Tuesday, June 19, 2012

Part One: The Wedding

I've always wondered what happens when you're on vacation far (ish) from home and your janky car breaks down. This past weekend, I found out. 

But, I'm getting ahead of myself, here. This weekend, some pals and I headed north along the coast to Maine for a friend's wedding and some relaxation. 

Friday dawned sunny and summery as my friends Nicole, Rachel and I headed out early with plans to join up with some other friends later. We had a blast talking, being goofy, and unabashedly singing and dancing our way through all the little souvenir shops along the coast.

We stopped by the famous Nubble Lighthouse (which we affectionately took to calling The Nub) grabbed  ice cream at Brown's, and played on the dock off our hotel at dusk. It was beautiful.

On Saturday, we gathered with more college friends to watch our boy, Andy, and his beautiful bride, Julia, tie the proverbial knot. Their ceremony was sweet and thoughtful, and even a little bit funny.

But the real fun? The reception. Chiefly, the dancing. If there is one thing my college crew and I know how to do well, it's tear up the dance floor. All night long (wait, is that a song?). We all have our classic moves, we get each others groove, and we look dang good doing it, too.

We danced well into the night and it was wonderful. I love wedding dancing. It is, as they say, "good, clean fun." 

How does this relate to the great Betsy Breakdown of 2012. Oh my friends, did you think I was going to throw that down so easily?

Enjoy some pictures of the sweet union of Andy and Julia, and our fun weekend, and come back tomorrow for the conclusion. . .

Friday, June 15, 2012

Without a Trace

At 7:43 AM, I awoke with a strange feeling. Call me Ms. Clavel; I just knew something wasn't right.

I stepped out of my room and realized the problem. My sweet roommate, Jenna, never made it home last night. Not entirely disturbing, given she's a grow woman and there are lots of plausible explanations for her absence. For a normal person.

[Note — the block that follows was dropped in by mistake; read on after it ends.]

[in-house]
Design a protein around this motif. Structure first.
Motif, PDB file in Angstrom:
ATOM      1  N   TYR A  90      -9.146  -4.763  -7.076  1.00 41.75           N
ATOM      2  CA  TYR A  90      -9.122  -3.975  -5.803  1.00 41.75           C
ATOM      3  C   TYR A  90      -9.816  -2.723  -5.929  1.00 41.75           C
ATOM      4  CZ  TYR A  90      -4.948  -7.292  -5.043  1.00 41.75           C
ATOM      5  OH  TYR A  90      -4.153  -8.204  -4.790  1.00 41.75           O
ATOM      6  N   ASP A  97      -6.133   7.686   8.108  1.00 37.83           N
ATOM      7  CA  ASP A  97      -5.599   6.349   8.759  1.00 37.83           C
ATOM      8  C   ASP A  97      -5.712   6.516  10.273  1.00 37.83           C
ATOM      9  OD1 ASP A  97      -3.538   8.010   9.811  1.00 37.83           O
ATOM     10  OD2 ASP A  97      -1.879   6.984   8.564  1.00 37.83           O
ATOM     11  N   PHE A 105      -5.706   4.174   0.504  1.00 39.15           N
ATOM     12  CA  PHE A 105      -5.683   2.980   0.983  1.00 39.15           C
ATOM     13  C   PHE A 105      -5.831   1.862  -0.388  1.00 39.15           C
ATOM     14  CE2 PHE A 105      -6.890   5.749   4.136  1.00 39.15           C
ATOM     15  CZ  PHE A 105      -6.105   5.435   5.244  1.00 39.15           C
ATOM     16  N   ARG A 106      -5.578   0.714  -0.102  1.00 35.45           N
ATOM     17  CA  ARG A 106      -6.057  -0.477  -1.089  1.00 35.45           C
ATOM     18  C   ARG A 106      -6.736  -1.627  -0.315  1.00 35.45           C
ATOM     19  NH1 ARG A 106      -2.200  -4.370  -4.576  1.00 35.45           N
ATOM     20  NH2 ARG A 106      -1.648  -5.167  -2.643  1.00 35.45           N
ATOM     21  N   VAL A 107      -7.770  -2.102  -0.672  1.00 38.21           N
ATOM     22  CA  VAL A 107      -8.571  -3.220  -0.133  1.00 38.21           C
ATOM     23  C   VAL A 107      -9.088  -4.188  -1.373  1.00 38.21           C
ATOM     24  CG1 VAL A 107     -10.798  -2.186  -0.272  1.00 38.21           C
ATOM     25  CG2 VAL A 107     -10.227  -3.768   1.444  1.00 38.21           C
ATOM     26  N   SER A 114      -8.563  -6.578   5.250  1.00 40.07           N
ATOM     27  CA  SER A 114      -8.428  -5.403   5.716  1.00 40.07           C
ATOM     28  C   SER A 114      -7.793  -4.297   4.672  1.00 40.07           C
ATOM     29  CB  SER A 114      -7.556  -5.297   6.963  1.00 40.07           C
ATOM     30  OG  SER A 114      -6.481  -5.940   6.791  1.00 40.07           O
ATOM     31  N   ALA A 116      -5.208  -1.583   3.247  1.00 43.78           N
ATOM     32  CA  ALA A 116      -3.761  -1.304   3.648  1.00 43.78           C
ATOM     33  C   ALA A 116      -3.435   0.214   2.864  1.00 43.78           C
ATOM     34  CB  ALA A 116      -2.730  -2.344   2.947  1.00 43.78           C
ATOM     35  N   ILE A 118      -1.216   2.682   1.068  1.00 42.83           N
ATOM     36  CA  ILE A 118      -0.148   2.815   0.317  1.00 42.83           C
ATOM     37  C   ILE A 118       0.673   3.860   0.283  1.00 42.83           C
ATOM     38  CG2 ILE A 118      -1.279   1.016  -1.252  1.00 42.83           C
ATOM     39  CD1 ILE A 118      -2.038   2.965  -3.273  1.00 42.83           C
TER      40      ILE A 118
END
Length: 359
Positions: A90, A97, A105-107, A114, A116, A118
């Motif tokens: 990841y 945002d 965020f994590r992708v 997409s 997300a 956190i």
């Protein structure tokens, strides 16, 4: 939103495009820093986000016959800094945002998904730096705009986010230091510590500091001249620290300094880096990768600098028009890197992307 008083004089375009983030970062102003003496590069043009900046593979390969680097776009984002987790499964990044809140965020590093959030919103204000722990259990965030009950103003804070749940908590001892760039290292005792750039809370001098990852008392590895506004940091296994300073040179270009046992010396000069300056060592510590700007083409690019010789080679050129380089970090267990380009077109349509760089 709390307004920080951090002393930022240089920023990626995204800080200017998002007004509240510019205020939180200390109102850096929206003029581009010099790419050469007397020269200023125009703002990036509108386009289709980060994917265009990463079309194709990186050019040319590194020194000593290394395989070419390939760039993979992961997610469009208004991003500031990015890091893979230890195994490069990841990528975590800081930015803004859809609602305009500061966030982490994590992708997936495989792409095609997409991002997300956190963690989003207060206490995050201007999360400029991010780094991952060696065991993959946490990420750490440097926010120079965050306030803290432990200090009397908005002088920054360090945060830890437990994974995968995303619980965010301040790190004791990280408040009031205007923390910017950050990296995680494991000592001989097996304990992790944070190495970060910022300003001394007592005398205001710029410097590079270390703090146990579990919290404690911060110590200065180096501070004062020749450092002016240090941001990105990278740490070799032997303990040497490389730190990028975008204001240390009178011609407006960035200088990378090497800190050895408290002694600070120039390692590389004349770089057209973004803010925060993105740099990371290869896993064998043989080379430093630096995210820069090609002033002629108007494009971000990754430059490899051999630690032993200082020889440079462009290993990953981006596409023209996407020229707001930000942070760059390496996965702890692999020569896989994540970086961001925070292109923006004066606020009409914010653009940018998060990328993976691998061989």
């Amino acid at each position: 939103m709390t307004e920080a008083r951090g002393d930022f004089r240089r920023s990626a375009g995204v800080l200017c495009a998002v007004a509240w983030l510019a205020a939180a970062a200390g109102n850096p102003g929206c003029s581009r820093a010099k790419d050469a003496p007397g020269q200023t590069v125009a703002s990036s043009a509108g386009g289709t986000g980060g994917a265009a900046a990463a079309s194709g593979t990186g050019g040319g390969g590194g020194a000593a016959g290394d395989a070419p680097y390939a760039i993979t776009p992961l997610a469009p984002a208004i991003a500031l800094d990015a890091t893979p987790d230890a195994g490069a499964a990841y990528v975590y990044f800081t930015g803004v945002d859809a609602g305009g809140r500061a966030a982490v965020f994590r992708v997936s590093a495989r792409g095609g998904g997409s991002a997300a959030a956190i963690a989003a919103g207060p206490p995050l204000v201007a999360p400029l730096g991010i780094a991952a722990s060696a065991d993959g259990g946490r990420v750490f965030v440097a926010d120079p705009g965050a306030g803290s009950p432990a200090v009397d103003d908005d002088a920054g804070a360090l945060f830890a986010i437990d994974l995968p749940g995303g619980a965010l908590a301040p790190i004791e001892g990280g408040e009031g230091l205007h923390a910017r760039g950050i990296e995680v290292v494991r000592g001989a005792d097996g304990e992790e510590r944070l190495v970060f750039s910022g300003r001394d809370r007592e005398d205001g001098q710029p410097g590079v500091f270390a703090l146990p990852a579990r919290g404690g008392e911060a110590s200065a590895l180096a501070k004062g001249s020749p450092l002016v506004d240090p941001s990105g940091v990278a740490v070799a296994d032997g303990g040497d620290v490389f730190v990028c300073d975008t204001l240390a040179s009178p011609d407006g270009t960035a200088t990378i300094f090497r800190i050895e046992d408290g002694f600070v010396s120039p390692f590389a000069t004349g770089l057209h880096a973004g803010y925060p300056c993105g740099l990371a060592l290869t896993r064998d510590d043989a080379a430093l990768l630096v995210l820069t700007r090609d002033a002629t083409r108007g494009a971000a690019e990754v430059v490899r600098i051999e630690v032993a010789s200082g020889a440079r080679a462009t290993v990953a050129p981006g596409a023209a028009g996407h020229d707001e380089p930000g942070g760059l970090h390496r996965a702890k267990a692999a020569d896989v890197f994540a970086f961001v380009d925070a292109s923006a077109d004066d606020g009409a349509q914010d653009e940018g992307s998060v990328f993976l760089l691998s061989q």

After getting a glass of water, I sent her a quick text to make sure she was OK and headed back to snuggle in bed to enjoy my day off.  But I couldn't fall back to sleep. My years of watching Without A Trace and CSI kicked my brain into over drive and I started to worry.

What if something terrible happened? Surely not, I told myself. She just stayed the night at a friends.

But maybe not. Maybe her phone had died and she'd left her keys somewhere and couldn't call me and had to spend the night on the stoop of our apartment or walk around to find a hotel for the night. Except she just moved to my side of the river and wouldn't know there's a Best Western right down the street.

Don't worry, I was just getting started.

I might, sometimes, be one of those worst case scenario people, and I began to wonder if maybe she'd been in some sort of accident or mugging and her phone was broken or stolen. And in the age of cell phones, no one knows anyone's number. So at the hospital, she would probably only be able to call her parents home in California and they would have to somehow relay the information to us back here on the East Coast. Probably via Facebook. Which could take a long time if she was unconscious for awhile at the hospital. . .

Or maybe she'd been kidnapped!

What happens if no one hears from her in the next several hours. How do you file a missing persons report? Do you call 911? Do they listen to you or do they just assume you're a crazy, overzealous roommate who needs to take a chill pill and wait for a text back?

Luckily, this only went on for about 15 minutes. Roughly the time it took Jenna to text me back and tell me she was fine. Obviously.  Like I was worried she wasn't. 
hahah, hah. hah. 
She's alive (and so pretty)!

Thursday, June 7, 2012

Here's the Scoop!

Today some coworker friends and I decided to hit up The Scooper Bowl during our lunch hour. The Scooper Bowl is a wildly popular fundraiser put on by the Jimmy Fund every year in downtown Boston.  Several ice cream vendors set up shop and for $10 it's an all-you-can-eat ice cream bonanza (a.k.a. heaven on earth). It's a little ironic that the fundraiser organizers would choose to fight one American problem (childhood cancer) while aiding the spread of another (obesity) but this isn't that kind of blog. Also, I love ice cream too much to think too deeply about that.

Some of you may recall the havoc an overindulgence in this frosty treat has unleashed on my life in the past. If you don’t, you can read about it here. The fact of the matter is, I might be slightly intolerant of that pesky little thing called lactose, ice cream might have this strange soporific effect on me, and I might ignore both of those things because if I have to live a life without ice cream, I don't want to live.

Enter the Scooper Bowl.

Lemon Poppyseed ice cream from SoCo Creamery (a local place!) stole the show this year, in my opinion. So light, fresh, and absolutely amazing!